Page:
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The Canny Valley of Cooking

Mon, 26 Jun 2017 13:35:00 GMT2017-06-26T13:35:00Z

The meal spread out cleanly on my plate, not quite Instagram-ready, but still pleasant enough: hunks of cauliflower perfumed with a floral array of cardamom and coriander, a thick stew of lentils, delicately diced lamb shoulder tossed with translucent slivers of fennel. Though I was eating at home, I’d put almost no effort into the dish. Ten minutes before I sat down, its components were still contained in three vacuum-sealed bags. I did little more than toss them into a boiling pot of water for a few minutes, slice them open, and squeeze them onto the plate.

From plastic-wrapped to plated: Real Eats.

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Colombia’s New Drug Problem

Mon, 26 Jun 2017 13:00:00 GMT2017-06-26T13:00:00Z

Each week, Roads & Kingdoms and Slate publish a new dispatch from around the globe. For more foreign correspondence mixed with food, war, travel, and photography, visit its online magazine or follow @roadskingdoms on Twitter.

El Centro in Medellín.

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Key Government Privacy Watchdog Muzzled During Surveillance Debate

Mon, 26 Jun 2017 11:30:00 GMT2017-06-26T11:30:00Z

This article was reported by the Project on Government Oversight, a nonprofit watchdog group.

Former Judge Patricia Wald receives the Presidential Medal of Freedom from President Barack Obama during a ceremony in the East Room of the White House on Nov. 20, 2013.

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“The Most Important Unknown Person in D.C.”

Mon, 26 Jun 2017 09:56:00 GMT2017-06-26T09:56:00Z

Two of the most consequential figures in the Trump legal soap opera have been a pair of Justice Department officials whose names the public wouldn’t typically know. The first is Deputy Attorney General Rod Rosenstein, who has run into one politically charged dilemma after another since being thrust into the role of supervising the FBI’s Russia investigation. The other is Rosenstein’s predecessor as deputy attorney general, Sally Yates, who became an icon of the anti-Trump resistance before being fired by the president in the wake of her refusal to allow the Justice Department to defend Trump’s travel ban.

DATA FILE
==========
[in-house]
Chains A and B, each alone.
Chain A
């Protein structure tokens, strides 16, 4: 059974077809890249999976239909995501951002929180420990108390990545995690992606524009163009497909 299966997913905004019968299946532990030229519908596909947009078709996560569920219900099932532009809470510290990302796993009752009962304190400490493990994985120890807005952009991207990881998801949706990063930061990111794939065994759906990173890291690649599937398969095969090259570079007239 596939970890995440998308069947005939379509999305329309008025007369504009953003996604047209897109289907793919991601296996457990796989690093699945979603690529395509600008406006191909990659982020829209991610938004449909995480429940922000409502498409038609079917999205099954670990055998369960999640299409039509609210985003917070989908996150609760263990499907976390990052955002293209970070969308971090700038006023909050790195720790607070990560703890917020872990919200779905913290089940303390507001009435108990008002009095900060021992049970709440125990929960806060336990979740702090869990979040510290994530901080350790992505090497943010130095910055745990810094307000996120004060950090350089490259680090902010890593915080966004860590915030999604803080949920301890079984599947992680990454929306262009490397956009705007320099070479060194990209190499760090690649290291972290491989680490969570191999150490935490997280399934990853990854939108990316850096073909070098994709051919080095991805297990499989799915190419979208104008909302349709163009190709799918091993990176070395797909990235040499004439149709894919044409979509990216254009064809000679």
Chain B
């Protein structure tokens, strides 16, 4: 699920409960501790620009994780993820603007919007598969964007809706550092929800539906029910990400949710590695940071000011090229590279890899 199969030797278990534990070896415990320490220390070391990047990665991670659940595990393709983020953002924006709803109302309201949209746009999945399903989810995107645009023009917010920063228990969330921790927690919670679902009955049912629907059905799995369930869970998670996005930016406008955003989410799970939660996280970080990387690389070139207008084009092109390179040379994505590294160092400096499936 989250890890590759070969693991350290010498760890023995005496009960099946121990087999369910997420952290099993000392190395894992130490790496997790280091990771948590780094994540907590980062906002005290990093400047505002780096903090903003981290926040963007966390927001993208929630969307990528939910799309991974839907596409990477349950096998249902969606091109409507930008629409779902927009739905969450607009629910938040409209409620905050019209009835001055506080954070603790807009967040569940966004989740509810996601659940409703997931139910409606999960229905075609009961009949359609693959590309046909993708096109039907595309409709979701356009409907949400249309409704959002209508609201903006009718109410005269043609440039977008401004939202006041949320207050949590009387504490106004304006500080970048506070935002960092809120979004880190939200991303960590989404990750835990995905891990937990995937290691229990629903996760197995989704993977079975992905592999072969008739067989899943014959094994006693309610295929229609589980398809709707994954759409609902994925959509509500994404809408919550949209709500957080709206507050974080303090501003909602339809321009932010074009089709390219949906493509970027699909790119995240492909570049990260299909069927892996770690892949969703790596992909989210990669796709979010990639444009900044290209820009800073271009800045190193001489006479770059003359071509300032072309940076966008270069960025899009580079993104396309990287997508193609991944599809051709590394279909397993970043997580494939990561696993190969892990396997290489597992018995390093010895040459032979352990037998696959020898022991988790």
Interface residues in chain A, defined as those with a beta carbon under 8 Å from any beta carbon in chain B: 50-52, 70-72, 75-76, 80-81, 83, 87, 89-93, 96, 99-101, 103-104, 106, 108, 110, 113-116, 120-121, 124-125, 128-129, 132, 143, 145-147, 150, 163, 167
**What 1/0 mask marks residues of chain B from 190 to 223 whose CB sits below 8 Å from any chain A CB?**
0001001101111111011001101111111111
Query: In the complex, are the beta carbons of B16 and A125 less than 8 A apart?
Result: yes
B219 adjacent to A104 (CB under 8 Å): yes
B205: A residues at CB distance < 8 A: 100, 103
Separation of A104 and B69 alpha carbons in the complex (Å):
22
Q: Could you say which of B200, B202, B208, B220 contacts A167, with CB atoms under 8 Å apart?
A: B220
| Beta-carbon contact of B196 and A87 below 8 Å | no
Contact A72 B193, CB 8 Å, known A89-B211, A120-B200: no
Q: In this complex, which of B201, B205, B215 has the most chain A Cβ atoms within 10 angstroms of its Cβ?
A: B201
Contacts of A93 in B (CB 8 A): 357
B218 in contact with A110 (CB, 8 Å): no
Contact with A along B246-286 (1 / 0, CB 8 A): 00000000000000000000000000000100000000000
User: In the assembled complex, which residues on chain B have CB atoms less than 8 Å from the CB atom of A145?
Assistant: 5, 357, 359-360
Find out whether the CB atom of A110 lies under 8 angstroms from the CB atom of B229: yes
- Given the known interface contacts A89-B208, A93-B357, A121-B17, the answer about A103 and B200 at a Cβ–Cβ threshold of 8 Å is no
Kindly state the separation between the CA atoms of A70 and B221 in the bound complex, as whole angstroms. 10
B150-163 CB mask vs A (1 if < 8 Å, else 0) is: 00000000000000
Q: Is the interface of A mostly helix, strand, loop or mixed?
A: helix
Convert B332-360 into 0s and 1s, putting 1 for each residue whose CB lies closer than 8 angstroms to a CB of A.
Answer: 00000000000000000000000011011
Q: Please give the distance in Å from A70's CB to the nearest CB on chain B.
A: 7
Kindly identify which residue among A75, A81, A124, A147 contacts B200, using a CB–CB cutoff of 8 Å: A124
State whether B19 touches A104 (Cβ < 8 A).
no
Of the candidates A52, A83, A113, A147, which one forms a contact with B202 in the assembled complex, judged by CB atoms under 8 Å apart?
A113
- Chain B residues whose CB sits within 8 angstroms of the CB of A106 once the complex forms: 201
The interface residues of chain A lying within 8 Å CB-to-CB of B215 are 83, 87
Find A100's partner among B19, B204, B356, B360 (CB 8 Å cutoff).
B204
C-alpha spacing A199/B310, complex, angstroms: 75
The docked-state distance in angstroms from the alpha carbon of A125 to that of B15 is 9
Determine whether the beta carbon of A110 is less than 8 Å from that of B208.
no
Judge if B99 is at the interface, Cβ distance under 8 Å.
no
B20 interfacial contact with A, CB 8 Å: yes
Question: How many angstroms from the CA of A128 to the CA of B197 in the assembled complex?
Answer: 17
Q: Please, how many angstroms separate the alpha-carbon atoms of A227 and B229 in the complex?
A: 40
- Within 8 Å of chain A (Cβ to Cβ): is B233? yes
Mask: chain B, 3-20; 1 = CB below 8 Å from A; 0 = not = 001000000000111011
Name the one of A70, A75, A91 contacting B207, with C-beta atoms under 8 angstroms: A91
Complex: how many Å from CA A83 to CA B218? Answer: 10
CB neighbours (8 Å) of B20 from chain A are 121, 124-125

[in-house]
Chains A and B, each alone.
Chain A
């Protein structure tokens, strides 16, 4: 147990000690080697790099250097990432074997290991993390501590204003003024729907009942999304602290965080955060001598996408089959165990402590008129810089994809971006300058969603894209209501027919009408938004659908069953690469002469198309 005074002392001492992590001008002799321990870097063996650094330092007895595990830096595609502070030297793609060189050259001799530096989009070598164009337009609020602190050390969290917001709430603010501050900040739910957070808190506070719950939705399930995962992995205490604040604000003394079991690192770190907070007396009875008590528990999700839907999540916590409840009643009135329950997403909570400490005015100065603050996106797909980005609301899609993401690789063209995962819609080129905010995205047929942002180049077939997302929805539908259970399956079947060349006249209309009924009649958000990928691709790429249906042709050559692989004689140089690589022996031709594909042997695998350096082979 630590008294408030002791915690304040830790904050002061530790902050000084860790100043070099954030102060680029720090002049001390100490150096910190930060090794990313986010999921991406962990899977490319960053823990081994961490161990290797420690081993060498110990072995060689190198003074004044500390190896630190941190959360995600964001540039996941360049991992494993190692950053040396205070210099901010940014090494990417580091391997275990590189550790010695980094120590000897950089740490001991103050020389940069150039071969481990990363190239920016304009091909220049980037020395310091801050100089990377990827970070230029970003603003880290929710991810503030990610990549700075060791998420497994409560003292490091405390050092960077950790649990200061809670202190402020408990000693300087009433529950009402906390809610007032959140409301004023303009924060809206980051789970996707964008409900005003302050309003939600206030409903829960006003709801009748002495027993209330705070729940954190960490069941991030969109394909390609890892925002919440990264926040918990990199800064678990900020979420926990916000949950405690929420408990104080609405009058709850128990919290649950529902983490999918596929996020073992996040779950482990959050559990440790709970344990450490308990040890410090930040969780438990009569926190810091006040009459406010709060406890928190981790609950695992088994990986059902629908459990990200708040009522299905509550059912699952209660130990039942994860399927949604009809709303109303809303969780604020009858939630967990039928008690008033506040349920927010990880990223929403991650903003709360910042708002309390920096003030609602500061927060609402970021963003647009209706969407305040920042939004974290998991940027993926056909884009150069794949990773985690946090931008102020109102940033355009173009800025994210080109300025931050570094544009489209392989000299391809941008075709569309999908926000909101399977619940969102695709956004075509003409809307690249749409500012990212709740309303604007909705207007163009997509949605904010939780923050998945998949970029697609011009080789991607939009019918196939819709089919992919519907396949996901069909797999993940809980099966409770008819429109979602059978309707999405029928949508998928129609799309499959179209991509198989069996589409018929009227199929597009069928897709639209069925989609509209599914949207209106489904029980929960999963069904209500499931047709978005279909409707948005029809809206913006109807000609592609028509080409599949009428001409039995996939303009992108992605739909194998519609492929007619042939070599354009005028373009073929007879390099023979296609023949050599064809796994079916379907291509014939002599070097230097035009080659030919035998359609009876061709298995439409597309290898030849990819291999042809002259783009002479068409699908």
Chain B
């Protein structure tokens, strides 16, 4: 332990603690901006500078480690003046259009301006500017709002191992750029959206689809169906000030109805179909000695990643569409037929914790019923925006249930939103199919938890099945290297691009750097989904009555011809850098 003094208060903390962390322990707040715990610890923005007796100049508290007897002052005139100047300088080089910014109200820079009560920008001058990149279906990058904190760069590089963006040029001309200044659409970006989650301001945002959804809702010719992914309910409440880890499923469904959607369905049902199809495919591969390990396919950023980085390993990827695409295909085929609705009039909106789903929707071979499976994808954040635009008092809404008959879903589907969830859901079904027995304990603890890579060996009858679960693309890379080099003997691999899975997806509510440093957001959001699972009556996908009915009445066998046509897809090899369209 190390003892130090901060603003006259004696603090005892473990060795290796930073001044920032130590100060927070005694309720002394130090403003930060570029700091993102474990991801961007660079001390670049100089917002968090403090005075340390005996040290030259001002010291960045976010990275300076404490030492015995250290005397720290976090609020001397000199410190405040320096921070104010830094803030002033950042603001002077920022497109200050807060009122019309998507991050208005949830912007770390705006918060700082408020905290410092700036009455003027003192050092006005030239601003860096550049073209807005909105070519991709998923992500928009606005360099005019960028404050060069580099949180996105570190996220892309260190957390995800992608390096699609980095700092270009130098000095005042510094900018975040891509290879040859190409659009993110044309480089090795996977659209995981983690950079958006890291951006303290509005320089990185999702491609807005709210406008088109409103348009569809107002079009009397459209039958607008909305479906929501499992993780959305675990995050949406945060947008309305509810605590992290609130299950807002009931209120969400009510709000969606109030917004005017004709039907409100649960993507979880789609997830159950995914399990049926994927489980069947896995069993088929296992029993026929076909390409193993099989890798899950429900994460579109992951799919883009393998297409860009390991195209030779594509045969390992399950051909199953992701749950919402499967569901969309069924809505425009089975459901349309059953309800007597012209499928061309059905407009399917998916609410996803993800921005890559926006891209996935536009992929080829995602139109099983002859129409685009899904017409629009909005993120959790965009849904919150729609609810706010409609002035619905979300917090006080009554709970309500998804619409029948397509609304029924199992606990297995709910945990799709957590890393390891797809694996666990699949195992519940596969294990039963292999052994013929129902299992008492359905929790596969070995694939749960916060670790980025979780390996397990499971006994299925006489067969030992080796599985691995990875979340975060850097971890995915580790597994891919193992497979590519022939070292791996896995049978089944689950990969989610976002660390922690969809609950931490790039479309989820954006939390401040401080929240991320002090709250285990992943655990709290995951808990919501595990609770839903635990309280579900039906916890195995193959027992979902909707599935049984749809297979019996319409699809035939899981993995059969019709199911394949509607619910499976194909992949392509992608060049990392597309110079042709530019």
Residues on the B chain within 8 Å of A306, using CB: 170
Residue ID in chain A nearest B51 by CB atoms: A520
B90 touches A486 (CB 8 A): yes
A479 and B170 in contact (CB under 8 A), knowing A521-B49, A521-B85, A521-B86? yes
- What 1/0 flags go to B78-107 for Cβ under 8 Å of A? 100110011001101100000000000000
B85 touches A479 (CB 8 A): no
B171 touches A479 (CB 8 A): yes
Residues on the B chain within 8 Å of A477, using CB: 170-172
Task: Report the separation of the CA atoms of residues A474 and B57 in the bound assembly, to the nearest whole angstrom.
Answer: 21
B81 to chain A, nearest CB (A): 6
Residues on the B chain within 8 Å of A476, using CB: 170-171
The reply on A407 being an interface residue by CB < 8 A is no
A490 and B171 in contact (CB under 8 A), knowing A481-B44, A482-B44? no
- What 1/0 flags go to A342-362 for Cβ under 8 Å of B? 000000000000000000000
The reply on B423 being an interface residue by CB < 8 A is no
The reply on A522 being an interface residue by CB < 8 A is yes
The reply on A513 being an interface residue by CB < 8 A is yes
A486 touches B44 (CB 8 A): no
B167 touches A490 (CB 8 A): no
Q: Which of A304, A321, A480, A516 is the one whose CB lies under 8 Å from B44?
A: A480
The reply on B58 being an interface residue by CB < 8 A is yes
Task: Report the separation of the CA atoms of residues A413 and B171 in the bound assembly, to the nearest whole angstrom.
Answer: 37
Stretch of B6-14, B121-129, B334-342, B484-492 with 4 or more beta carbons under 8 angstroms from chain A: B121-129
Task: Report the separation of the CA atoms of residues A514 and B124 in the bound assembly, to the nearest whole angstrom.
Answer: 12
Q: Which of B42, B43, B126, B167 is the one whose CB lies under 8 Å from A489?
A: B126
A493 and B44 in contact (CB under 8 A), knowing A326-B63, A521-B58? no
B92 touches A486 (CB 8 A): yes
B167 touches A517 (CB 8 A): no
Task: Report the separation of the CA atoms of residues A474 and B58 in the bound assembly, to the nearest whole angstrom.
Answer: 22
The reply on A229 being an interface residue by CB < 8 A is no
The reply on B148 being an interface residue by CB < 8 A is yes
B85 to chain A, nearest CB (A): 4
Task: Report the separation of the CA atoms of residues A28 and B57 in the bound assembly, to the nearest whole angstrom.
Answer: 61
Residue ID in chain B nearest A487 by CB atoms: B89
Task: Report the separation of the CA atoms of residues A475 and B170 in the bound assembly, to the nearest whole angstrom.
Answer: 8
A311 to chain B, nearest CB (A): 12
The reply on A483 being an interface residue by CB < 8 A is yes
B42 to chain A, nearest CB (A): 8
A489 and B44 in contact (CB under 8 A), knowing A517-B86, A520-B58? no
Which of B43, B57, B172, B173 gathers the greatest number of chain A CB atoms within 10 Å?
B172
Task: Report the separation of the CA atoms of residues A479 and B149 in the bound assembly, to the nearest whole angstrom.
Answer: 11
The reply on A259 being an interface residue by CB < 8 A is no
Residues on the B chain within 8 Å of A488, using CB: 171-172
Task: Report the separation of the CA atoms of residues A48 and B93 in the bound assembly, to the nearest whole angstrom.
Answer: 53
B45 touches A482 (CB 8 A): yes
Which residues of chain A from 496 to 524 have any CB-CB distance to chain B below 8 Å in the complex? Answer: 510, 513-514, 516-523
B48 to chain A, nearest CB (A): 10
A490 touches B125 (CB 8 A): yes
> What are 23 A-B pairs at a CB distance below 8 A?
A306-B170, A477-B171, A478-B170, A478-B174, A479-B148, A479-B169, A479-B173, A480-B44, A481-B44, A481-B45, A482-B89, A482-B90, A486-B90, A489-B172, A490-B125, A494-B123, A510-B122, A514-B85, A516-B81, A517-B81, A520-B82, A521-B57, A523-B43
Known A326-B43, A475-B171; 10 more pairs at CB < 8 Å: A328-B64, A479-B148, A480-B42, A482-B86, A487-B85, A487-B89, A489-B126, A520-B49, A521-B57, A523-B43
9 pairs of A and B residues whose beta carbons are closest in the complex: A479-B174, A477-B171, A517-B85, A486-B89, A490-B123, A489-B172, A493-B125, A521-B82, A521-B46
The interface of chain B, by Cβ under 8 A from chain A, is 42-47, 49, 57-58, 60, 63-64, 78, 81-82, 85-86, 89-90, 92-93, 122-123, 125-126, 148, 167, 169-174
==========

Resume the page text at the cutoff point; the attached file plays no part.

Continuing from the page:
Those who know Scott Schools say he worships the DOJ.

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The Year of the Tick

Mon, 26 Jun 2017 09:48:00 GMT2017-06-26T09:48:00Z

The ticks have arrived. So many, so tiny, so hungry. Friends from New York to Wisconsin are freaking out, pulling ticks off themselves daily, asking me how to keep these blood-sucking, disease-spreading menaces away. They turn to me because I’m a tick fiend: I’ve interviewed dozens of tick researchers and been to tick-borne disease conferences; I’ve covered the tick beat for Nature and Scientific American. I even started a tick Facebook group (called Tick Talk, of course). A scientist once told me to “think like a tick,” and that’s exactly what I do, because I live in one of the most tick-dense, Lyme disease–plagued regions of the United States, and I want to keep my family safe.

This year is likely to be a doozy for Lyme disease.

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Bloody Mose and the War of Jenkins’ Ear

Mon, 26 Jun 2017 04:00:00 GMT2017-06-26T04:00:00Z

You may use the comment thread on this page to discuss the 277th anniversary of the Siege of Fort Mose, an action also known as Bloody Mose, during the War of Jenkins’ Ear. We also welcome you to use the thread to pursue a freewheeling, inherently off-topic discussion.

The entrance sign at Fort Mose Historic State Park

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Supreme Court Breakfast Table

Mon, 26 Jun 2017 01:36:57 GMT2017-06-26T01:36:57Z

I asked both Chief Justice William Rehnquist and Justice Sandra Day O’Connor their thoughts about how justices should think about when to retire from the Supreme Court. I interviewed both of them publicly at Duke. At dinner at my house the night before my 2003 interview with Justice O’Connor, I went over the matters I was planning to raise the next morning and asked her if there were any questions she did not want me to ask. She hesitated, then said, “Don’t ask about retirement. It’s too sensitive and anything I say might be misconstrued.” She announced she was leaving the court just more than two years later.

Supreme Court Justices John Roberts, Anthony Kennedy, and Clarence Thomas await the inauguration on the West Front of the U.S. Capitol on Jan. 20, in Washington.

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How Does an Urban Farmer Work?

Sun, 25 Jun 2017 17:31:00 GMT2017-06-25T17:31:00Z

On this season of Working, we left the East Coast behind and flew to Detroit. We’re speaking with eight people who are drawing on the city’s complex history as they work to create its future.

Urban famers Olivia and Greg Willerer.

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Supreme Court Breakfast Table

Sun, 25 Jun 2017 13:27:35 GMT2017-06-25T13:27:35Z


A sheriff's deputy talks to an immigration detainee arrested by the U.S. Immigration and Customs Enforcement (ICE), on March 14 in Orange, California

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